Yājñavalkya as a Nātha yogin

There is an interesting explanation of the oldest source of the yoga doctrine found in बृहद्योगीयाज्ञवल्क्यस्मृति Bṛhadyogīyājñavalkyasmṛti (12.5):

सांख्यस्य कर्ता कपिलः परमार्थः स स
हिरण्यगर्भो योगस्य वक्ता नान्यः पुरातनः ||12.5 ||

sāṃkhyasya kartā kapilaḥ paramārthaḥ sa sa
hiraṇyagarbho yogasya vaktā nānyaḥ purātanaḥ (12.5)

Kapila, the founder of Sāṃkhya, is known as paramārtha. (Similar to that) Hiraṇyagarbha expounded the yoga doctrine, there is none more ancient than him.

However, in the Nātha Sampradāya, Yājñavalkya is known not only as a Vedic ṛishi, but also as a disciple of Brahma (Satyanāth), who in the form of Hiranyagarbha transmitted the knowledge of yoga to Yājñavalkya. And Yājñavalkya Nātha is mentioned on the lists of 84 Nāthas.

āgamarahasyam Ch. 17

In the chapter devoted to the yoga practice, namely, in the section of dhyāna, the elements of sexuality are described in a positive context. Unlike many formal celibate guardians, who in fact do not follow it themselves, there is not so much hypocrisy directly in the ancient texts. On the contrary, sexual power is interpreted as extremely important in spiritual evolution. With the correct perception it is capable of bestowing a higher yogic realisation.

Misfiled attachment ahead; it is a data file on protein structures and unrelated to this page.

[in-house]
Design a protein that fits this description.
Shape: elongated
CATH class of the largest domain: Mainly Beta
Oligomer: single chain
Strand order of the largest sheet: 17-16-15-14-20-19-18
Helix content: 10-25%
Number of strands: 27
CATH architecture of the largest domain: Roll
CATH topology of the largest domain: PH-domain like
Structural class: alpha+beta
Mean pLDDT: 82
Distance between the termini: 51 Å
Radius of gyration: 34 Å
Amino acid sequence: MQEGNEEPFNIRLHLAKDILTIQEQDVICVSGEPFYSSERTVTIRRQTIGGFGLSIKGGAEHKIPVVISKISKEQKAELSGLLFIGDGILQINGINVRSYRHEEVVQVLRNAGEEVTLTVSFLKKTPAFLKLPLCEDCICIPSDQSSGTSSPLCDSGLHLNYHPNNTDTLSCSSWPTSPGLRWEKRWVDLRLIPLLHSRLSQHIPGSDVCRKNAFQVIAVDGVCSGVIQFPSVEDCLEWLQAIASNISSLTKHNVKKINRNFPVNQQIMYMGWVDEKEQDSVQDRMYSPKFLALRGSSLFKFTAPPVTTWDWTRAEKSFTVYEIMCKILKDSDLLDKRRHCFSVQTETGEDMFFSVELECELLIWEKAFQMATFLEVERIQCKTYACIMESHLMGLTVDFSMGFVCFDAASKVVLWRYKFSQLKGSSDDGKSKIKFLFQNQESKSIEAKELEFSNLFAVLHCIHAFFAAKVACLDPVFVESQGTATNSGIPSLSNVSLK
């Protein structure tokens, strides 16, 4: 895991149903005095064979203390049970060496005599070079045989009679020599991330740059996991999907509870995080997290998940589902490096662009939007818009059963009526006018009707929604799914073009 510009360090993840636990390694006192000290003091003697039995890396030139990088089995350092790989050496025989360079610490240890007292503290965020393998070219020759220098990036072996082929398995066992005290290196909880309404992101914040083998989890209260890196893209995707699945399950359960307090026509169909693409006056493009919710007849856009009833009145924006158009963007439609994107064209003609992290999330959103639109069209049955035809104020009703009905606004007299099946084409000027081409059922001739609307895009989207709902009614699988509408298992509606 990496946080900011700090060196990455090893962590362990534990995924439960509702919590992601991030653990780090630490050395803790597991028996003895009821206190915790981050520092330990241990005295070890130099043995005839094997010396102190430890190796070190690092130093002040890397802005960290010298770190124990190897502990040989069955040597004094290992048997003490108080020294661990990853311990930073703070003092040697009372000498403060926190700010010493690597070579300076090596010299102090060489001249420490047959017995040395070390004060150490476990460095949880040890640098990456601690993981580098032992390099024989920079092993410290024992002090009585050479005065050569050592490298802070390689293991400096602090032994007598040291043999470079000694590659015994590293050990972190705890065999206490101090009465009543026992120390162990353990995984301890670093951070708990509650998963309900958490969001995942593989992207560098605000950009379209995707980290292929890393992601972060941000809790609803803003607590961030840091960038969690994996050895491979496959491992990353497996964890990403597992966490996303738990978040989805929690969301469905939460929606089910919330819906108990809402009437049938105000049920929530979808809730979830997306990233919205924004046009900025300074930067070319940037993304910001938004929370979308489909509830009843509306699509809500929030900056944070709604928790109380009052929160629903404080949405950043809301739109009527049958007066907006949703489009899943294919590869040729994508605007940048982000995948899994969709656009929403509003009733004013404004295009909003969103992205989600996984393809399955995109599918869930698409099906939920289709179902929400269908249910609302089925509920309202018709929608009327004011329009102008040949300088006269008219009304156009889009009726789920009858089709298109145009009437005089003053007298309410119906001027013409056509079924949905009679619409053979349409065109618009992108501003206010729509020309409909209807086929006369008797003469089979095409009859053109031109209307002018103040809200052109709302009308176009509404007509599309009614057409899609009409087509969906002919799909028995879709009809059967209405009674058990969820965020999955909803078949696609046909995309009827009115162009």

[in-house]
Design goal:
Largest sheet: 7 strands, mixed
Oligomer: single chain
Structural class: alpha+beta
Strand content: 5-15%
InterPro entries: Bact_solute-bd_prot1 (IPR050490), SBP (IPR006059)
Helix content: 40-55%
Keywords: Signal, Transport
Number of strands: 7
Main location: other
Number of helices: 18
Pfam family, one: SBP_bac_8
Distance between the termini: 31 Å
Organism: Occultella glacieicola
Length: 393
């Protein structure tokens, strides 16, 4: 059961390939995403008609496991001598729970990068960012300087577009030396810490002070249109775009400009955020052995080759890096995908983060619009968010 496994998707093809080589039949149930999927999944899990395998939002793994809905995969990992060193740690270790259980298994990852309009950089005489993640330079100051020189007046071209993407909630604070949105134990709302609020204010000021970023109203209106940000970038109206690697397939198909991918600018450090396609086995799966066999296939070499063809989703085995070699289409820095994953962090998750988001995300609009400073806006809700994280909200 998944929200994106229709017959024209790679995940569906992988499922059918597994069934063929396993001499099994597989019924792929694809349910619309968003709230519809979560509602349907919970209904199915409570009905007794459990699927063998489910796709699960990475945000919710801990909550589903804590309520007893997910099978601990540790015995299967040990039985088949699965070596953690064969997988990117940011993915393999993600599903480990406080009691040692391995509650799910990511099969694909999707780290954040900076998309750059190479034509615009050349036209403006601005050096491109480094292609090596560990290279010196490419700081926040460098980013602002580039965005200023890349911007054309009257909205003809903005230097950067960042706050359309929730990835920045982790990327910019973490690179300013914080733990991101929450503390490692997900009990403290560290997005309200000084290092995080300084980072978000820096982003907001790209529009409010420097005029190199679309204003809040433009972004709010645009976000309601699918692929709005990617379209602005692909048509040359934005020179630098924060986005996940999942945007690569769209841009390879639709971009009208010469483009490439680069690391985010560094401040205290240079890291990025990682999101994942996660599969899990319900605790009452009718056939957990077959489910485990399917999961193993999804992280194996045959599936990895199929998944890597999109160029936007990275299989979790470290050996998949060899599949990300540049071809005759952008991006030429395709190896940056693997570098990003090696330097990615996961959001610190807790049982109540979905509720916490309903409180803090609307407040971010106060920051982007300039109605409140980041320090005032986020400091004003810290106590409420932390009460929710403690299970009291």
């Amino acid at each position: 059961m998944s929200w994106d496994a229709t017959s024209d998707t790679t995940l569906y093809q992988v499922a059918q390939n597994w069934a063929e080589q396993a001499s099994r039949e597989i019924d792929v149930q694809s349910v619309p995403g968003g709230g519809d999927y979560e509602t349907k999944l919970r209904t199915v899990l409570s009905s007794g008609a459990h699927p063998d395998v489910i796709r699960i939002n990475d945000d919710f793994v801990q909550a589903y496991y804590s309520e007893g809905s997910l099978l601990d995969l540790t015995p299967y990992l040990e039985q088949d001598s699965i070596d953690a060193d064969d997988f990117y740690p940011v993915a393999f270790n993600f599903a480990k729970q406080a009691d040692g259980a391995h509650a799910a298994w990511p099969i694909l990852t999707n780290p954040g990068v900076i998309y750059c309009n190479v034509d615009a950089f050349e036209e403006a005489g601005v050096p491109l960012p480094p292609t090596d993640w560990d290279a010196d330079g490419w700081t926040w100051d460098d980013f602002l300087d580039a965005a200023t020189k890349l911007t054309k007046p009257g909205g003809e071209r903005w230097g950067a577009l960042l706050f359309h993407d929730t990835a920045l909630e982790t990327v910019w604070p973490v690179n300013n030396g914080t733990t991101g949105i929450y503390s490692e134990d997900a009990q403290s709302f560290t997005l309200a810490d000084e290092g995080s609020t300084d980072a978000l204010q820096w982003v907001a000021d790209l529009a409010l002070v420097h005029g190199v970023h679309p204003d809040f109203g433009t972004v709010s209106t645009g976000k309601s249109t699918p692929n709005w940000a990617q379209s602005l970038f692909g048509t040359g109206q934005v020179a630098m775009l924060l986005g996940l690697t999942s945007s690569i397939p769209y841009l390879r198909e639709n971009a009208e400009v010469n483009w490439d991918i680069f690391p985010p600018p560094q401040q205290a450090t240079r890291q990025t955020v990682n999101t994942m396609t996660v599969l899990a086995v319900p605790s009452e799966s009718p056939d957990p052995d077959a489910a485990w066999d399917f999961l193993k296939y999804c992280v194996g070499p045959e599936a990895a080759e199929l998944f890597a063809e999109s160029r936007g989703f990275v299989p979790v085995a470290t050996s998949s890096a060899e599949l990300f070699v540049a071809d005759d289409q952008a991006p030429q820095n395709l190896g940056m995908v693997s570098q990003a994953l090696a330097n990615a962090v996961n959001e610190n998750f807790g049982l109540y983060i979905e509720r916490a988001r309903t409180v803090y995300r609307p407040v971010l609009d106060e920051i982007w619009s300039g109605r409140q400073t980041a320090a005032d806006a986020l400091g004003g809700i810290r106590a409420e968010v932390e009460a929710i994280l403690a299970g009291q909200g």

अग्रतः पृष्ठतो मध्ये पार्श्वतोऽथ समन्ततः ।
विद्युच्चकितवद्भाति सूर्यकोटिसमप्रभः ॥ २९७ ॥

रतान्ते स्त्री यथात्मानं क्षणं क्वाहं न बुध्यते ।
रमणोऽपि न जानाति कोऽहं योगे तथा पुमान् ॥ २९८ ॥

agrataḥ pṛṣṭhato madhye pārśvato’tha samantataḥ ।
vidyuccakitavadbhāti sūryakoṭisamaprabhaḥ ॥ 297 ॥

ratānte strī yathātmānaṃ kṣaṇaṃ kvāhaṃ na budhyate ।
ramaṇo’pi na jānāti ko’haṃ yoge tathā pumān ॥ 298 ॥

(Yogin) is shining with thousand millions of sun rays evenly in front, behind, in the middle, in the center and at the sides. During orgasm, a woman (रतान्ते स्त्री ratānte strī) tries to realise: “Where am I?” (क्वाहं kvāhaṃ?), but can not realise it. A man at the moment of pleasure asks the question: “Who am I?” (कोहं? ko’haṃ?) and cannot find the answer, also a person in the yogic state doesn’t know who he is (i.e. his false personality).